I love books. I love reading them, holding them in my hands. I love how they look, how they smell, and I love to collect them. I especially love a well-worn book, with fraying at the binding and yellow pages. I love to write in the margins and underline passages, effectively creating a physical map in a three dimensional space so that when I find myself in need of a quote, I can see the page in my mind.
Reading, as I’ve mentioned before, isn’t a purely contemplative experience for me. It’s one that requires my whole being. I see pictures in my head, made richer by the things I’ve seen when I’m not reading and by the images included in the books themselves. I’m affected by the typeface, the cover, the size and feel of the paper, the pictures I add myself in pen. Maybe this makes me shallow, but I think of reading as an embodied experience.
And that’s why I love Medieval books. It’s why I stood and stared at the Book of Kells for almost two hours when I had the privilege to see it. Most people passed through in well under 30 minutes, but I couldn’t tear myself away. I wasn’t just transfixed by the image, I was transported by them. In honor of Saint Patrick’s Day, I’m including a few photos of the gorgeous Book of Kells. I have a coloring book of the Book of Kells from a souvenir shop, but my versions of course pale in comparison. They’re still fun though.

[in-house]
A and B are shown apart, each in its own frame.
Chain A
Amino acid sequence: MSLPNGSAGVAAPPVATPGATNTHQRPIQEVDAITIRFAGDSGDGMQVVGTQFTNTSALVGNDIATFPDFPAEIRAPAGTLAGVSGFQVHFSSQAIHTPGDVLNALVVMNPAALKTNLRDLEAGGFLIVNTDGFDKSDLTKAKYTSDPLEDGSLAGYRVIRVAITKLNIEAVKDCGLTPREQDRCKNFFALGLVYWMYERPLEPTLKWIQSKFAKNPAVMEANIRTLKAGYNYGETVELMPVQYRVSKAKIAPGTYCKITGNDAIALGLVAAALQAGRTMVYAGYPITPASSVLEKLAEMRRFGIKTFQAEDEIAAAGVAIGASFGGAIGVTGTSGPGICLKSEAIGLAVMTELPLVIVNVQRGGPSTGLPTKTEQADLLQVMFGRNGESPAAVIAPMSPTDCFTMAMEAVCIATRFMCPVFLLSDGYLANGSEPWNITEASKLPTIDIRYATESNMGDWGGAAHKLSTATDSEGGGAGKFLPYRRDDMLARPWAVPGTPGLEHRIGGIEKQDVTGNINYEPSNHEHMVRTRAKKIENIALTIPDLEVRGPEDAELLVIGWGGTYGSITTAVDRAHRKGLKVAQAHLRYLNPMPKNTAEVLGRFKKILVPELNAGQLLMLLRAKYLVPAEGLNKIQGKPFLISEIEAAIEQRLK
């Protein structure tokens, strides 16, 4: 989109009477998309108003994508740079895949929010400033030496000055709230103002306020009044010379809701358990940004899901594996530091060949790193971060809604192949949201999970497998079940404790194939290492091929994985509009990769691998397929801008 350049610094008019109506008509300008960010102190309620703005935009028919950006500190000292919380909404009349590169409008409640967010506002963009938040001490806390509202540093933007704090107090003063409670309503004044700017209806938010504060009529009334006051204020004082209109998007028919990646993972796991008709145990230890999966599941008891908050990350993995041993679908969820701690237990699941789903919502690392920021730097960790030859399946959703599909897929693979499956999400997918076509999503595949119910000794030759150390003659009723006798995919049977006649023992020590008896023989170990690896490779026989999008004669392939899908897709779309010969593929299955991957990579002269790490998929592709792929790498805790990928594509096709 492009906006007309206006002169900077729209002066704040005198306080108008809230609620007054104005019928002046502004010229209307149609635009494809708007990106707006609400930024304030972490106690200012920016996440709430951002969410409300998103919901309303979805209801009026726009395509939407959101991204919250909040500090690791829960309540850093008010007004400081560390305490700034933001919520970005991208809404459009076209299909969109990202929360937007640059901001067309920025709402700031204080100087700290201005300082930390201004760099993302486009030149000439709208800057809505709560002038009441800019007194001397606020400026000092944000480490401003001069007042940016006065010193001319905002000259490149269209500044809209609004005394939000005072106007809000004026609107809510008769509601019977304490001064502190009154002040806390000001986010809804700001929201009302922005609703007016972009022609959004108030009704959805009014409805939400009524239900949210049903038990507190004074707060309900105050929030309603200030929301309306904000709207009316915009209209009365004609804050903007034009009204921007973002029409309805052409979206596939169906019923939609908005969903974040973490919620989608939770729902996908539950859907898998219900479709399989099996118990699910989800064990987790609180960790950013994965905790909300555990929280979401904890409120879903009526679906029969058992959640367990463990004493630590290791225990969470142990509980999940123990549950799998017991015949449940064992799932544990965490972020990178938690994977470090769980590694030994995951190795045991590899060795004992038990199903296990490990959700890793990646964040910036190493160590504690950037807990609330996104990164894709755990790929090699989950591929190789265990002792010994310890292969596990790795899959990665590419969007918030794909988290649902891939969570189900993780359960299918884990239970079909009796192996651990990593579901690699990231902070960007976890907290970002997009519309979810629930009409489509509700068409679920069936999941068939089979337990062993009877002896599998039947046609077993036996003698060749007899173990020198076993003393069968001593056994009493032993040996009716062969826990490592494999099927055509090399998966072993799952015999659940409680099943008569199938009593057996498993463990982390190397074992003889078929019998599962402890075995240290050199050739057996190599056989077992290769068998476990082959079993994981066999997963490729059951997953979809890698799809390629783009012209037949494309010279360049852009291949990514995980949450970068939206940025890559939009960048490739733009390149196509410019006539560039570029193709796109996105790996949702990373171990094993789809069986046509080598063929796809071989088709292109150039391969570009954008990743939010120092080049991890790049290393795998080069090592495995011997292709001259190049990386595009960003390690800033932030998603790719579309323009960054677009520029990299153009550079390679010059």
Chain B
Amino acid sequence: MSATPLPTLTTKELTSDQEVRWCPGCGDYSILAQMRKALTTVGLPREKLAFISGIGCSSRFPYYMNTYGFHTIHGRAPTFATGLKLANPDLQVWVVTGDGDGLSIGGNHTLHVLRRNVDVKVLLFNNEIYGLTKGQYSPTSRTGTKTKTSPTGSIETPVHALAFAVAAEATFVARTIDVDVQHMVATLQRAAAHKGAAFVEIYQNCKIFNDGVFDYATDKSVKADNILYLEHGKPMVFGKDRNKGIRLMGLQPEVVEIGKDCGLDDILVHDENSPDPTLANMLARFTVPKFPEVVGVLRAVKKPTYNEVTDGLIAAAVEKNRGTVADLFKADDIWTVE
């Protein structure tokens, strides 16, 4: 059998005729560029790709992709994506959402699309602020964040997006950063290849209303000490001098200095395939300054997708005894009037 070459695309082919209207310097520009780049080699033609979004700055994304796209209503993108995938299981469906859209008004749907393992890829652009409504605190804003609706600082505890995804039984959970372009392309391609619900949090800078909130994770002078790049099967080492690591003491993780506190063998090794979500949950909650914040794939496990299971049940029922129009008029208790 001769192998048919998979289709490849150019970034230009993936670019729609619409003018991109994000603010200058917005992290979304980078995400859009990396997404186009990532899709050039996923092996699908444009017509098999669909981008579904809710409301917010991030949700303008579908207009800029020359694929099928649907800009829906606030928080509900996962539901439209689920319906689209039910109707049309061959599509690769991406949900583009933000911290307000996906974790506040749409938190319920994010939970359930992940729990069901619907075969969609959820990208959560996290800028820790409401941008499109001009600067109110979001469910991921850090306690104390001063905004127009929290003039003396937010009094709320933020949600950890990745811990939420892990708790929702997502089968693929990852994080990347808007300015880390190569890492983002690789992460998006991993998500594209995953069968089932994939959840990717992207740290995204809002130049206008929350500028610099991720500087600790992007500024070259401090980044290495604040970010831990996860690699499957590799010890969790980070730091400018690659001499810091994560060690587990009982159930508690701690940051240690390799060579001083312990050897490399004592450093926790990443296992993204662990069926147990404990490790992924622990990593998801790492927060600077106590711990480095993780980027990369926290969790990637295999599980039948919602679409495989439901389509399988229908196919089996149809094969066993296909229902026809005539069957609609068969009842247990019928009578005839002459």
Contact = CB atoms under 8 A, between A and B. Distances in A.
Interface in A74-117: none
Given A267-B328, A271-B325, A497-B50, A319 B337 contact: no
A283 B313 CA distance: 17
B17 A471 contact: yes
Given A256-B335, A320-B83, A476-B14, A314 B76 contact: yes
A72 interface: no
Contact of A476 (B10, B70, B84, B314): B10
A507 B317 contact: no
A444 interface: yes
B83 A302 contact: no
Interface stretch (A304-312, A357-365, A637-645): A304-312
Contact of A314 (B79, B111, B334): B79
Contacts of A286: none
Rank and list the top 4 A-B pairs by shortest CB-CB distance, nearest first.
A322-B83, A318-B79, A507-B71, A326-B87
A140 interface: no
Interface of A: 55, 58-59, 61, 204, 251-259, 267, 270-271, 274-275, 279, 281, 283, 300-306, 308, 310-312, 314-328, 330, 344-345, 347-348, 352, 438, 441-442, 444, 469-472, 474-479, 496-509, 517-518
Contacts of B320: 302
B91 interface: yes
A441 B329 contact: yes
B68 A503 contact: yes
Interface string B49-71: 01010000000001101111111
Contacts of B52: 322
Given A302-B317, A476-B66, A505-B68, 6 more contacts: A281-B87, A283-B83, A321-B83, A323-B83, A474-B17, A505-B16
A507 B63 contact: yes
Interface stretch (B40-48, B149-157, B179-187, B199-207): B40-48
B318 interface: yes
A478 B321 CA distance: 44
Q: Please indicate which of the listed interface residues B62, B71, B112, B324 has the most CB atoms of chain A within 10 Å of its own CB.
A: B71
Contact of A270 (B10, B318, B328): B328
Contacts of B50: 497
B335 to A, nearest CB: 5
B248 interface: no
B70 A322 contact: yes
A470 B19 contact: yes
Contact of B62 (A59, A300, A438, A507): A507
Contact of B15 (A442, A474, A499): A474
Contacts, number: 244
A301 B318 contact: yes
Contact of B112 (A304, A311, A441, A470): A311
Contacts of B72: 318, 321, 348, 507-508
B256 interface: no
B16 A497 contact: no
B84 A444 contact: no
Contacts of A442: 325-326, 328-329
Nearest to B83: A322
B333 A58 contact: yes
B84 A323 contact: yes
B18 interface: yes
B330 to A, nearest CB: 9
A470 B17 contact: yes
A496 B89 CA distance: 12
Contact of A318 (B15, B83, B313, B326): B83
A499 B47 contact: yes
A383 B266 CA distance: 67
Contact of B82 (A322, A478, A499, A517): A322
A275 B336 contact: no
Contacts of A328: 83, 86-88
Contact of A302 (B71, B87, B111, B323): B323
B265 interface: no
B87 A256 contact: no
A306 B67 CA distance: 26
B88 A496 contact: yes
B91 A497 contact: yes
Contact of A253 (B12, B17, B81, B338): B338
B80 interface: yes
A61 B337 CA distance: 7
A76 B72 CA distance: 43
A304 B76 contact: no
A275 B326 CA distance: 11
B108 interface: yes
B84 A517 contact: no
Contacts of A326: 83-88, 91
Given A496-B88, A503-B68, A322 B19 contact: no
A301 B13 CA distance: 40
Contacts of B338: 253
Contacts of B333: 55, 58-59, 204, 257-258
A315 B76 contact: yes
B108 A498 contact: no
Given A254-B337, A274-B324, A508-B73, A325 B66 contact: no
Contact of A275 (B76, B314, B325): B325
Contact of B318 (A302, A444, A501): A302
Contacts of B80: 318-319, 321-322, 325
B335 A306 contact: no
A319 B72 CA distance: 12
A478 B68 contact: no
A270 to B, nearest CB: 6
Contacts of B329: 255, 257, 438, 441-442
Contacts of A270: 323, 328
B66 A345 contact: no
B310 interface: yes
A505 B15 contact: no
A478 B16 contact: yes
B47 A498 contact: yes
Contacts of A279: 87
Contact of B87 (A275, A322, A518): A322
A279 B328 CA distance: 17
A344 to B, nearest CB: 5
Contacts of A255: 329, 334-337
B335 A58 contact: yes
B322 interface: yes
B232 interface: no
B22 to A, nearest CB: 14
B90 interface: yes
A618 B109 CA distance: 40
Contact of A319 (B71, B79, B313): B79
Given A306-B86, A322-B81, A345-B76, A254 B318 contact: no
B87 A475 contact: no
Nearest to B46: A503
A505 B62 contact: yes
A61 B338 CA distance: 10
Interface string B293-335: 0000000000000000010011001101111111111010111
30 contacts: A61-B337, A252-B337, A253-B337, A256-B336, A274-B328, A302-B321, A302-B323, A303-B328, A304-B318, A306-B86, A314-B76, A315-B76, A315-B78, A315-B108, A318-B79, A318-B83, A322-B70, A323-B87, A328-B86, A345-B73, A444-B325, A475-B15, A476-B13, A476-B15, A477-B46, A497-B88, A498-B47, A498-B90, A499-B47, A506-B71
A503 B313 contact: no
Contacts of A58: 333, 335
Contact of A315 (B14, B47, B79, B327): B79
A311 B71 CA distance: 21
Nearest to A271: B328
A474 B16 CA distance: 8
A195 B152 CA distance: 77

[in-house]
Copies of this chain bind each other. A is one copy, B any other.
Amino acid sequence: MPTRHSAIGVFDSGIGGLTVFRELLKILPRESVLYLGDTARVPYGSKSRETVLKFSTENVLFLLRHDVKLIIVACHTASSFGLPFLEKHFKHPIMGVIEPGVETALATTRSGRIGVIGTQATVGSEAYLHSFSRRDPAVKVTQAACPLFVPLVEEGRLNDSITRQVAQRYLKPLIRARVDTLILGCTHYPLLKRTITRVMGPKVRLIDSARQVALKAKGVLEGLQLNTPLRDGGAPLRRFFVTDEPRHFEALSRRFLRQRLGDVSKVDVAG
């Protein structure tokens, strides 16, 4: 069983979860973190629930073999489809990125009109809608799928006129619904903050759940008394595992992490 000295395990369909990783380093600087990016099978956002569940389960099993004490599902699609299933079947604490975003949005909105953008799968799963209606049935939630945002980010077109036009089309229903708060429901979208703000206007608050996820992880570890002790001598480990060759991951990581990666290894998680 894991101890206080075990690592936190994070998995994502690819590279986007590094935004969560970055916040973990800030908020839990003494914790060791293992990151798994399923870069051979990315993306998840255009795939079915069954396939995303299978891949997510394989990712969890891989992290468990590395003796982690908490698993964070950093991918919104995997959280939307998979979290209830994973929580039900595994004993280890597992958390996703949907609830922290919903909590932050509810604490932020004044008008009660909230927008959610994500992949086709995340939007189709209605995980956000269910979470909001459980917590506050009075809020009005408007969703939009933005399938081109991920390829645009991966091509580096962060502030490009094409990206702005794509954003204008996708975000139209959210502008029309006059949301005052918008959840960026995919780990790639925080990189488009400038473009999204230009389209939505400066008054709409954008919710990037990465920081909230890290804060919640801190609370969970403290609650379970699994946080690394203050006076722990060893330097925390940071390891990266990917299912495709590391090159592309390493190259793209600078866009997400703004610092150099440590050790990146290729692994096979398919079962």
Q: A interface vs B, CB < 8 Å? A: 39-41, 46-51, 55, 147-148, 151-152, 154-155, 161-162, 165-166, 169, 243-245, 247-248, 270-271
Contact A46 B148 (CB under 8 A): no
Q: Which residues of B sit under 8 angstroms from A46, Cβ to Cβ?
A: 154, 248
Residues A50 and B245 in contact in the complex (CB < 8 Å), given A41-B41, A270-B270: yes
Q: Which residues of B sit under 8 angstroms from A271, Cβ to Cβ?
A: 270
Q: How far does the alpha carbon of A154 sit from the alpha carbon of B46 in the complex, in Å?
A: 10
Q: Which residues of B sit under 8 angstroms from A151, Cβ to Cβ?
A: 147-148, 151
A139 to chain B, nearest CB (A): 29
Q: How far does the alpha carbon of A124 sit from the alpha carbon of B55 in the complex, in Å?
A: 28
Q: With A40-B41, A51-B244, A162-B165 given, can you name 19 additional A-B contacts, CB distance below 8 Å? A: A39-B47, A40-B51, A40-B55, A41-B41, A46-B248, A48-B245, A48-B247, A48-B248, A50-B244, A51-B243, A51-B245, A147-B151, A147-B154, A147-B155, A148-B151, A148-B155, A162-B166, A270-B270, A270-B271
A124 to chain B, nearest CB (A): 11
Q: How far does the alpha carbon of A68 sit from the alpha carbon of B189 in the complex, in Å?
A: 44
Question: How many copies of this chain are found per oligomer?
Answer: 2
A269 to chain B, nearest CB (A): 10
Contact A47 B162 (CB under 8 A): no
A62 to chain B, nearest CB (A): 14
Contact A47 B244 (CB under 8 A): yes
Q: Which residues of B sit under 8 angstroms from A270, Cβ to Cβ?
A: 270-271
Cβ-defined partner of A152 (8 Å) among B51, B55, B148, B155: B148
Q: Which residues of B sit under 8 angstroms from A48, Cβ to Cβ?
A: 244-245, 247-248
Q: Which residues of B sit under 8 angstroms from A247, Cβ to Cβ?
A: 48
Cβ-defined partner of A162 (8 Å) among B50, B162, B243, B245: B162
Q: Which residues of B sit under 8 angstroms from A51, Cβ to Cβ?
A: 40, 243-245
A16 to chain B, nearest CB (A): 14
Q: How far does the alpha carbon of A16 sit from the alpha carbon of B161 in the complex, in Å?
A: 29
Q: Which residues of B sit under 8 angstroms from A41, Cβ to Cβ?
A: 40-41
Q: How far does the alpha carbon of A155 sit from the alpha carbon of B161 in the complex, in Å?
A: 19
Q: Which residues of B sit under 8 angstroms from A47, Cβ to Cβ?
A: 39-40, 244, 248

To get a look at some super sensuous and well-loved books, check out this article from Medieval Fragments: “Manuscripts for the Rich & Famous (Super Bling)!“.
I especially love this reason author Jenny Weston gives for these incredibly lavish book decorations:
2. To show how much you loved the text. Books, especially religious books, were seen as important carriers of spiritual texts—essentially vehicles of the Word of God. Some chose to honour the significance of the texts by adorning them with beautiful artwork.
Check out the post for yourself, and enjoy the splendor.